Just like most, if not all fans of the program, Grand Valley State University Baseball would just like to pretend last season did not exist.
The Lakers finished last baseball season 15-27-1 and second to last in the conference with an 8-16-1 mark. Decimated by injuries and marred by inconsistent play, GVSU looks to start this year out on the right foot–this time with a few familiar faces and a couple new ones as well.
Let’s break it down by position group, starting with the hurlers.
A year ago, the starting pitchers GVSU trotted out to the mound were arguably one of only a few bright spots for the Laker baseball team. Freshman Rylan Peats and juniors Michael Morelli and Cade Cintorino all had earned run averages of sub 3.50 (2.85, 3.00, and 3.44 respectively). But with Morelli transferring out and Cintorino using a medical redshirt, GVSU will have to turn to some of its new talent to start alongside Peats. When asked about the looks of the pitching staff heading into the season, Peats was undaunted in his summarization.
“I’m really liking where we are at right now,” Peats said. “There’s not a guy on our team that lacks a work ethic or lacks a want to be good.”
In terms of new guys to look out for, Peats pointed toward two transfers who have been putting in a lot of work over the off-season.
“I think Mark Scannell is going to be a really good right handed pitcher, he’s consistent and you know what you’re going to get out of him and that’s an absolutely insane work ethic,” Peats said. “I’m really excited to see what Mark can do and Ben Thomas is another one of those guys too, big right hander from Kalamazoo Valley that lives low in the zone and is capable of doing big things for us.”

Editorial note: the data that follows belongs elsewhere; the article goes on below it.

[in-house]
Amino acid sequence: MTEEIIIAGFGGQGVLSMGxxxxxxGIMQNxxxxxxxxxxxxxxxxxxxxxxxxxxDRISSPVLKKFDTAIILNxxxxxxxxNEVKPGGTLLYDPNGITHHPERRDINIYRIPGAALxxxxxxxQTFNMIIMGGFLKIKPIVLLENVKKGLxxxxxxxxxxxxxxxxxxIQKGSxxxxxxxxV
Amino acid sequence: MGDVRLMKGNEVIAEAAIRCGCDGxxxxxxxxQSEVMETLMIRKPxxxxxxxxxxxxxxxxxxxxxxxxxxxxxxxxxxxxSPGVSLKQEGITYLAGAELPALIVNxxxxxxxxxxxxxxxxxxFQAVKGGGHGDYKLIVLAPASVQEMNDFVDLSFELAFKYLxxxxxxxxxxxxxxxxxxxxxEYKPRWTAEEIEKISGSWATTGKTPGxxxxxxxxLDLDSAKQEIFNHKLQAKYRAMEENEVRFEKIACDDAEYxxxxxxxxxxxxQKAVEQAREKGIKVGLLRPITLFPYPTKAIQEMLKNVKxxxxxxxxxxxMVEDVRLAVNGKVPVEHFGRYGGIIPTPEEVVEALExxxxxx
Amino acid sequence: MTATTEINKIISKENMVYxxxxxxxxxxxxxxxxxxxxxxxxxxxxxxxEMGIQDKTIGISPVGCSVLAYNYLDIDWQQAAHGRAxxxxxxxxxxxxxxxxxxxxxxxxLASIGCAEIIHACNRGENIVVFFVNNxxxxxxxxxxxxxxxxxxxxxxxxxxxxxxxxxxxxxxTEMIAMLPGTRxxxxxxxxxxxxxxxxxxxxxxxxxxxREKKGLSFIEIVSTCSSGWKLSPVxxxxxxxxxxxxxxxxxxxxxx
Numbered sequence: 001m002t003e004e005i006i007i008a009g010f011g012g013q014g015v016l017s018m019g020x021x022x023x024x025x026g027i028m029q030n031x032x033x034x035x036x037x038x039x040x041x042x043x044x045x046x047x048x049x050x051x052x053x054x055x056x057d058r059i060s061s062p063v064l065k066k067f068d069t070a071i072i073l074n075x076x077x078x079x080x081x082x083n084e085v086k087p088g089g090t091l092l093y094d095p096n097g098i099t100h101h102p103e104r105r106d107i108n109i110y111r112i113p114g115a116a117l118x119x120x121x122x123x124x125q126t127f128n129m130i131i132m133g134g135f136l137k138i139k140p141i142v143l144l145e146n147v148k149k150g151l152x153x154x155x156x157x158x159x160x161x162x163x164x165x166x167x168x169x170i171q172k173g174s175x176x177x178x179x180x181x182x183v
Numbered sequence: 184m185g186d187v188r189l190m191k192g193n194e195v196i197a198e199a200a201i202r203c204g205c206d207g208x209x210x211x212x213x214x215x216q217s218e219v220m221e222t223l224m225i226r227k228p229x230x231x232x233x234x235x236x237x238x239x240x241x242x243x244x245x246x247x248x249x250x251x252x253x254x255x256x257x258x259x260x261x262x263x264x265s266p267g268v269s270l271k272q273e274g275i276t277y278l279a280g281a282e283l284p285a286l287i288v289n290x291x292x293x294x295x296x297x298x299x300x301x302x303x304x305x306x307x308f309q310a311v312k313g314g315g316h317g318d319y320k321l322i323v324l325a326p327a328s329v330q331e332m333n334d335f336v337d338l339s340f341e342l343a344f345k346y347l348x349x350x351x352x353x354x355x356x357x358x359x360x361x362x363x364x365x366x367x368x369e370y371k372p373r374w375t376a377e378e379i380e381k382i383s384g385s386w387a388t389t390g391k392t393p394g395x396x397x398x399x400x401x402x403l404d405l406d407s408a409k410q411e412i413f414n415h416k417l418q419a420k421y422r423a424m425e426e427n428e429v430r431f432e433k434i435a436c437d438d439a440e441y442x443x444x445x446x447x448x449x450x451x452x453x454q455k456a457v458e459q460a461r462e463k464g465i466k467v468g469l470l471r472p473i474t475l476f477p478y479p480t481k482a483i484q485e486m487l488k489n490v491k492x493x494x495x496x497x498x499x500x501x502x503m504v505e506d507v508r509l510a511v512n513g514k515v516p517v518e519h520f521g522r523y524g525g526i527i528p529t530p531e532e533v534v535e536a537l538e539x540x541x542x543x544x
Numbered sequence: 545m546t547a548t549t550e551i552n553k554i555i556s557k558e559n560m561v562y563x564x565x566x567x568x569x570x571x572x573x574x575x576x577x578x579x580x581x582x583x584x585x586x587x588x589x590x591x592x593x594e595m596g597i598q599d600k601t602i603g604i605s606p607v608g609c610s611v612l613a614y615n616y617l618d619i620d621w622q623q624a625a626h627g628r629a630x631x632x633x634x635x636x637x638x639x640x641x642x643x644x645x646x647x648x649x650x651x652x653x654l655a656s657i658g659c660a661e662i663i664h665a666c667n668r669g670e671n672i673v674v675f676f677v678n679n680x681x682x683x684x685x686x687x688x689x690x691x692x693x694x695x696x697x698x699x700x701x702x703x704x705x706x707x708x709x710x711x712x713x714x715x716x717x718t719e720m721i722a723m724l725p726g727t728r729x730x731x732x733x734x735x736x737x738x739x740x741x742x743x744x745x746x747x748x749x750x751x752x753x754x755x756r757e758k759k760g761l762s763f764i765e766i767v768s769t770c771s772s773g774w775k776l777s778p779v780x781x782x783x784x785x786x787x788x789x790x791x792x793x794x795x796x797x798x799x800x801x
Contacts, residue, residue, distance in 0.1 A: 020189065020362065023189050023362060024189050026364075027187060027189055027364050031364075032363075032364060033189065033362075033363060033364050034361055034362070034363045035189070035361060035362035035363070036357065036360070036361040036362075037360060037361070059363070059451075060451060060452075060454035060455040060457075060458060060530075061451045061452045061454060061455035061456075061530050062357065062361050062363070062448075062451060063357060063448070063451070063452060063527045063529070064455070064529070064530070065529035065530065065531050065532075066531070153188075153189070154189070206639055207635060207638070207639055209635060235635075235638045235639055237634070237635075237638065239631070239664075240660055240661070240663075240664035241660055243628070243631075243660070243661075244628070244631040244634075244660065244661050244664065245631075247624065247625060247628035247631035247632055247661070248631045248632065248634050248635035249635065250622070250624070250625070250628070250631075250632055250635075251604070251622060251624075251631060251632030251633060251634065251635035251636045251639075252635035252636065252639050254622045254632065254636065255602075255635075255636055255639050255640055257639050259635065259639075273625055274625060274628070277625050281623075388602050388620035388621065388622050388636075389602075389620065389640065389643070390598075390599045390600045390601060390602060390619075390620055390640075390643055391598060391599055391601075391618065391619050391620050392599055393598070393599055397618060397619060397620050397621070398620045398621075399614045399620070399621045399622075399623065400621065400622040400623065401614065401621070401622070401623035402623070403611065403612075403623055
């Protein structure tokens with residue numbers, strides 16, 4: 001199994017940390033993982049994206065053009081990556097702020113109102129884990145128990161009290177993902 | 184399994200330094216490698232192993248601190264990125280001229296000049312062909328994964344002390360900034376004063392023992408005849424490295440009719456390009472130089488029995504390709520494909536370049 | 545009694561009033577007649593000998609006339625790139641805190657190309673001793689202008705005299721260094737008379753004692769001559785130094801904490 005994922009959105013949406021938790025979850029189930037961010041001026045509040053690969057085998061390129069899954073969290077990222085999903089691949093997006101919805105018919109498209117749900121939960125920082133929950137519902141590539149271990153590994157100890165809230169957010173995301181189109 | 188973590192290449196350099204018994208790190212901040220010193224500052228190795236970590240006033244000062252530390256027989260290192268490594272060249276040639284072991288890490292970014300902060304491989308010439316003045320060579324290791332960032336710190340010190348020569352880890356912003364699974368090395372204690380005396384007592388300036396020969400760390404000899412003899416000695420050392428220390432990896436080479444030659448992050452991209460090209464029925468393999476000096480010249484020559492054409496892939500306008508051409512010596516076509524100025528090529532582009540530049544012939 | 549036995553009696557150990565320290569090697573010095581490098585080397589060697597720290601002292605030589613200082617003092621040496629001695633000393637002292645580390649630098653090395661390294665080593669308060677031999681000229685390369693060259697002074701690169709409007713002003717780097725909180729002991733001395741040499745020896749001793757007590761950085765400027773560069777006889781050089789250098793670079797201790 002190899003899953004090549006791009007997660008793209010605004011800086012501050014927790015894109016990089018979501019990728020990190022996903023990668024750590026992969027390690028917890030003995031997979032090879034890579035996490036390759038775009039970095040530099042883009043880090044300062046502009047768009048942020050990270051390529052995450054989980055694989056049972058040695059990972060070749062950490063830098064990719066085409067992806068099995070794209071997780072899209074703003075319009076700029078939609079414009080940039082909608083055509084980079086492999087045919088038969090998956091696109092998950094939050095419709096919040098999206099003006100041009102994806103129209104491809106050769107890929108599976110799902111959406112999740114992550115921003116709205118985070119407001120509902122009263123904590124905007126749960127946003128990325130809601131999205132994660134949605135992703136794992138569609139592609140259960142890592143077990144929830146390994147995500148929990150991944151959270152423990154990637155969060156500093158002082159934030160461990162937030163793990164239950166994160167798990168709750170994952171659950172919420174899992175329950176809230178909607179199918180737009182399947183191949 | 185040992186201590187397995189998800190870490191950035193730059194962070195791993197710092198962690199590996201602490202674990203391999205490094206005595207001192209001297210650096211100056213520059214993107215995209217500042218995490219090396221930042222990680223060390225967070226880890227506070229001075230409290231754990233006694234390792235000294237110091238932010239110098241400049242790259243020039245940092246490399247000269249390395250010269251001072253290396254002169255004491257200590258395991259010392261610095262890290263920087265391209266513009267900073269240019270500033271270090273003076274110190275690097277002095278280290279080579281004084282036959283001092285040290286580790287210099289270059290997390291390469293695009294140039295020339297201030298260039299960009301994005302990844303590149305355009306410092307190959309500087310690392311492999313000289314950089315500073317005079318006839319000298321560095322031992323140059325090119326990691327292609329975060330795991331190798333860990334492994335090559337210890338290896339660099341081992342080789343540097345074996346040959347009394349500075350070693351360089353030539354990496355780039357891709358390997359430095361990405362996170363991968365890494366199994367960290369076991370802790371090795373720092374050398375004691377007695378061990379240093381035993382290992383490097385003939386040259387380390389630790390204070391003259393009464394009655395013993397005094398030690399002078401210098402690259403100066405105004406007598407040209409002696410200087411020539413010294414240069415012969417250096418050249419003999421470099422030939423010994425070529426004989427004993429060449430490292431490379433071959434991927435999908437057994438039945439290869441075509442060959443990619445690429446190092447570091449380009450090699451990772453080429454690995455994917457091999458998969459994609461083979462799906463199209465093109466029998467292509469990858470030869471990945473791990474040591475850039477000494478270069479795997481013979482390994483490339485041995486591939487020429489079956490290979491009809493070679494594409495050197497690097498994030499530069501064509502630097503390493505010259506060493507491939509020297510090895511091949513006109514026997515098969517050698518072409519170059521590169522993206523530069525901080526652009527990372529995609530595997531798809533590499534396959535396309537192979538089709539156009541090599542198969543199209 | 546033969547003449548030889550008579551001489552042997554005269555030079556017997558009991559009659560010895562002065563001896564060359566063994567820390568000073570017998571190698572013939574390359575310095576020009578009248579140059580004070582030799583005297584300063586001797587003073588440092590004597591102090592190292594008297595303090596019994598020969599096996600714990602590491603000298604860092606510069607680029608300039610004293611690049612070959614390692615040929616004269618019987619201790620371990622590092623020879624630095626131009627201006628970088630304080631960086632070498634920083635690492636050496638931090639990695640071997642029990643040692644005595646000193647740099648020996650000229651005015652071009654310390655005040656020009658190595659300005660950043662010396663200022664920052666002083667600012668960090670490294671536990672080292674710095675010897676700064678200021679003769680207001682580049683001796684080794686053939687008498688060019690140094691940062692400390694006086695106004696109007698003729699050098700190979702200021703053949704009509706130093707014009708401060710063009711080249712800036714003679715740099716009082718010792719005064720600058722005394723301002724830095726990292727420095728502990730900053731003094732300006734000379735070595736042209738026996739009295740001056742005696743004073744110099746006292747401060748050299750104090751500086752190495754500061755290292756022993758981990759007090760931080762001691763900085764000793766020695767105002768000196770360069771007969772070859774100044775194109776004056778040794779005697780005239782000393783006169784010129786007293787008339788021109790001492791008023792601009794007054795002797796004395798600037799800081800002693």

As a sophomore last season at Kellogg Community College, Scannell was voted KCC’s Student Scholar-Athlete of the Year. He appeared in 10 games for the Bruins where he made four starts and compiled a record of 4-0 with three saves, 34 strikeouts, and an ERA of 1.72 in 36 ⅔ innings of work. In 12 appearances and 11 starts for the Kalamazoo Valley Cougars, Thomas compiled a 6-3 record on the mound with a 2.18 ERA and 60 strikeouts in 62 ⅓ innings pitched.
Peats also pointed out a number of returning players that stand to improve from last season and become impact contributors on the mound for the Lakers.
“I’ve talked a little bit about my roommate Sam Leck, he’s another guy with good (velocity) and movement on his pitches and I think he’ll make a big contribution this year too,” Peats said. “Nick Shaw is also another absolutely dynamic lefty with high (velocity) and good command of his pitches, be on the lookout for him, im expecting him to be legit as well.”
Leck posted a 4.87 ERA a year ago over 20 ⅓ innings pitched. Shaw similarly posted an ERA of 5.06, but also struck out 36 batters in just 26 ⅔ innings on the mound. If both can maintain control of their pitches low in the zone, they should both become impact pitchers for this staff as the season goes on.